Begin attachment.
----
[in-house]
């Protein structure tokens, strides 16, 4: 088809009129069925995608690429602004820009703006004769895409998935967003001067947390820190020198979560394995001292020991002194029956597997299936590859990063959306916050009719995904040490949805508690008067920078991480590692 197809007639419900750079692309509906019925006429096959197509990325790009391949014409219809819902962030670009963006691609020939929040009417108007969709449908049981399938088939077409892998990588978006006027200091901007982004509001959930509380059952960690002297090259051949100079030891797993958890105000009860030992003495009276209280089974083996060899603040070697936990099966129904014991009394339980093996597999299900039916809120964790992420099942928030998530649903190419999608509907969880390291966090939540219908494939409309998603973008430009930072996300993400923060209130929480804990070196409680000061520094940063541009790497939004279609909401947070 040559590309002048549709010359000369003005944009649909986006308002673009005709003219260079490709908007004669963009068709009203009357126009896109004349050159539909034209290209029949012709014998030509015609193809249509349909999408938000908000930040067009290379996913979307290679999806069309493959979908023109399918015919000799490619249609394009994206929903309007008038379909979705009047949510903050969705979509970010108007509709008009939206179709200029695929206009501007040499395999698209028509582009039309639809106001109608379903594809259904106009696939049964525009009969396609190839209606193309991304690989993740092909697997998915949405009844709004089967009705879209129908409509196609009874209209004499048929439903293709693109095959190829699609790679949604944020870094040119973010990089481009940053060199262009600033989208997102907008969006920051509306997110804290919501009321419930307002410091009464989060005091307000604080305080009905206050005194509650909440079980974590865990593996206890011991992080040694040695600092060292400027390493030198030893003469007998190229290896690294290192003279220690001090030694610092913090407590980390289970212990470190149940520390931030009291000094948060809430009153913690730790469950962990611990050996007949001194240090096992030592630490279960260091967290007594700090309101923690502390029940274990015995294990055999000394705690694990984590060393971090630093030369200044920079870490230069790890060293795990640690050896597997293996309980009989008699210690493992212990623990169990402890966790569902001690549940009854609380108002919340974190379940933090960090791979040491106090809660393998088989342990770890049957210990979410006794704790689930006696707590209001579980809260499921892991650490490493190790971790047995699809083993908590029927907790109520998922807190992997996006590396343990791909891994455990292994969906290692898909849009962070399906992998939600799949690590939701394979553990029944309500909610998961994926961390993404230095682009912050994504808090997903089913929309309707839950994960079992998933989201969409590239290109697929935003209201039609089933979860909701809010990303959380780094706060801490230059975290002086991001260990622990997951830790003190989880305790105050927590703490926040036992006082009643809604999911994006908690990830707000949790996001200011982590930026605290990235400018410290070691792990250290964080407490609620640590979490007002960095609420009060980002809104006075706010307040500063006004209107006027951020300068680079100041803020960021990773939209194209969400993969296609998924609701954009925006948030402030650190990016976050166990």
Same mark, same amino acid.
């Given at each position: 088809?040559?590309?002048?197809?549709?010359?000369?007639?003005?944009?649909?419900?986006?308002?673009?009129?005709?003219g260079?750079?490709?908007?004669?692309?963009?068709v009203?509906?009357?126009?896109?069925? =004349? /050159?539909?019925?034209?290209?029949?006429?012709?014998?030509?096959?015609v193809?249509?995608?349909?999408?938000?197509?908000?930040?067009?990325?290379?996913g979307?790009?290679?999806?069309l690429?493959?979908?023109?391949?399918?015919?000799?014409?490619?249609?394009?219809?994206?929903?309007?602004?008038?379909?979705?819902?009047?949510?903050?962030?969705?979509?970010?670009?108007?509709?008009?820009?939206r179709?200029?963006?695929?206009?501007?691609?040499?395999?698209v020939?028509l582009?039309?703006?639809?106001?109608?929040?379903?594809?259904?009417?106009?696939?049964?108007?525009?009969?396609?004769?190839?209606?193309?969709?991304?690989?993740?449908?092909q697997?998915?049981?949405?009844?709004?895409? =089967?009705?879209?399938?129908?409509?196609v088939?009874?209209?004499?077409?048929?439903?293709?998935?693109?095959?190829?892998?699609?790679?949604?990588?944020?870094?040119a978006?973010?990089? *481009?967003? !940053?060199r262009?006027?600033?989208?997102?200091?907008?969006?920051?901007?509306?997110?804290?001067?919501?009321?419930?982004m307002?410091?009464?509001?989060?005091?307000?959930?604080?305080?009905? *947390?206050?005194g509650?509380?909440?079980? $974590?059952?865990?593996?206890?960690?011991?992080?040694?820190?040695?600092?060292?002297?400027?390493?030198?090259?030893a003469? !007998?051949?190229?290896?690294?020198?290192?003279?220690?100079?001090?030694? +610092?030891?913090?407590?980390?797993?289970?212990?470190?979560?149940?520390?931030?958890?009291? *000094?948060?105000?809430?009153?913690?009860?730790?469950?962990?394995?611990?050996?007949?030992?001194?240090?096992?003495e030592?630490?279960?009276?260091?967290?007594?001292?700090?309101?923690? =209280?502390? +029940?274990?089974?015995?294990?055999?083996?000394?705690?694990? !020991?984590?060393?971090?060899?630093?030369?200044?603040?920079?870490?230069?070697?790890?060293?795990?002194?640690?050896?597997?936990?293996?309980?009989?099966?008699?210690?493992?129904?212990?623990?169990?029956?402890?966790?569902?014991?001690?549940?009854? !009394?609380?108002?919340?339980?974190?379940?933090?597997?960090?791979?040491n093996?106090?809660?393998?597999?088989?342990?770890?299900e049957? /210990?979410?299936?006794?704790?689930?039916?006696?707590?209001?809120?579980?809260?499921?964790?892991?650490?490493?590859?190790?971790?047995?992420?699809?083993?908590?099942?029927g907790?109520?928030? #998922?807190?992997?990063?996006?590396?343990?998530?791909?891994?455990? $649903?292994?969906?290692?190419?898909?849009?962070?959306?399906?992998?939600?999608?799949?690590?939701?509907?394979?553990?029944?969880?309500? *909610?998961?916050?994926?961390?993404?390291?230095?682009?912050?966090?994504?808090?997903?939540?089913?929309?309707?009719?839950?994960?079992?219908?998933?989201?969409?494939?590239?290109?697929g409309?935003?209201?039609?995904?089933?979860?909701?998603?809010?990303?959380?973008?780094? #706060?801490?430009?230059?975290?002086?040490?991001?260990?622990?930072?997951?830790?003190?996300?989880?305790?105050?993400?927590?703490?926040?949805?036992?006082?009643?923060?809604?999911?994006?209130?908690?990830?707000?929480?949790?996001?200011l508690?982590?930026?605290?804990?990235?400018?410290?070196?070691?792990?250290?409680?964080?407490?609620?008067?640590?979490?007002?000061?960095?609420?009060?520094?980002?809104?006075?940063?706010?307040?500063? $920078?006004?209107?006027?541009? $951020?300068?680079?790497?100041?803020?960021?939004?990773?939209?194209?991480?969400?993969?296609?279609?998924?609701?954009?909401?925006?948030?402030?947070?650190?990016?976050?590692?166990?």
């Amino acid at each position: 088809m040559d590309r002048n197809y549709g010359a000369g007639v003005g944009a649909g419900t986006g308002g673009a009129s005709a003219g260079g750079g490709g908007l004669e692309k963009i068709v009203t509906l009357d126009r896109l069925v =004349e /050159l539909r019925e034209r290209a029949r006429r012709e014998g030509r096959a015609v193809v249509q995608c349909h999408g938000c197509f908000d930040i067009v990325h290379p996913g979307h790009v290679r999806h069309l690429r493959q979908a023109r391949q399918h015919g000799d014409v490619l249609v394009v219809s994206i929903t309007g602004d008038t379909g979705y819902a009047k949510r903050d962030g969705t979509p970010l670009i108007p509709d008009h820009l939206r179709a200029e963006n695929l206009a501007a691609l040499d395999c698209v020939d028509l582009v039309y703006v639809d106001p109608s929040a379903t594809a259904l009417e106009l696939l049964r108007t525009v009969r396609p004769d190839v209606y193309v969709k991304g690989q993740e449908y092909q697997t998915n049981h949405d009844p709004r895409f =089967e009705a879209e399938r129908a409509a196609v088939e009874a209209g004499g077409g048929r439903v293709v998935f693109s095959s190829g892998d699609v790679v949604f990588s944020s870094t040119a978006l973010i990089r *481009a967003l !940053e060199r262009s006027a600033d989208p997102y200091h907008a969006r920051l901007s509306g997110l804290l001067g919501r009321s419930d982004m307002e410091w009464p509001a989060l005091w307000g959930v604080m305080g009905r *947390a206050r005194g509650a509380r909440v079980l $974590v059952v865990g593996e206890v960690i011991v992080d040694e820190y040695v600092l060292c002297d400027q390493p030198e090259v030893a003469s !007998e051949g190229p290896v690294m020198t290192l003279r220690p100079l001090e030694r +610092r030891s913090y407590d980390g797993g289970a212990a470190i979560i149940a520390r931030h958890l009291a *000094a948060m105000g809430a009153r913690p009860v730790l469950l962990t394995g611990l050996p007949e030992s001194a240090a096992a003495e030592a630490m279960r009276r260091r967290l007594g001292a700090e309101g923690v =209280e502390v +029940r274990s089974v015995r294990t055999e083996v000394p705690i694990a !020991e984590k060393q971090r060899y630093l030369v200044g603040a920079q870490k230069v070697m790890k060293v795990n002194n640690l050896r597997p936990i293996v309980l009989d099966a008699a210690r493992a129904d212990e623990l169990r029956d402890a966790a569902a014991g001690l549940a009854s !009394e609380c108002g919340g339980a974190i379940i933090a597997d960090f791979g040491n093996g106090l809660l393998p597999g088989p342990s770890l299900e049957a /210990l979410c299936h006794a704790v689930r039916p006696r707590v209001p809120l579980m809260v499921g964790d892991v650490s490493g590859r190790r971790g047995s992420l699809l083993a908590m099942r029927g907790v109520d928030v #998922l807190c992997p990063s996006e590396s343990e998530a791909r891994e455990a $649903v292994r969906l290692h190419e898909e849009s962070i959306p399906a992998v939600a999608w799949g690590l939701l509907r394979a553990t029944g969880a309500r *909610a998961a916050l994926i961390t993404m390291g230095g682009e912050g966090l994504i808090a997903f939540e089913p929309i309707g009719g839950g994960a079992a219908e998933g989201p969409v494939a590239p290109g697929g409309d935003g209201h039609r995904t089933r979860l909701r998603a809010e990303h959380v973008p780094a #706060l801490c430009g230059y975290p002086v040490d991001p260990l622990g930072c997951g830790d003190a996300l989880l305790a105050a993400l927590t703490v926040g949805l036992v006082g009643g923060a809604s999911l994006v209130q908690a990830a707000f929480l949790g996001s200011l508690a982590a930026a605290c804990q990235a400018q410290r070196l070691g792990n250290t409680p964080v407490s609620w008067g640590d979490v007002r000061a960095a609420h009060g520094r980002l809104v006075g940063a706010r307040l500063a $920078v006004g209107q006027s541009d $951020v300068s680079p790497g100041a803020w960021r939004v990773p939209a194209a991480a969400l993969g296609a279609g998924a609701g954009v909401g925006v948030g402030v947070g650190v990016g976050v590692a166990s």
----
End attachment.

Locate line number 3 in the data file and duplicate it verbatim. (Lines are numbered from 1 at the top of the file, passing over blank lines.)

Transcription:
Same mark, same amino acid.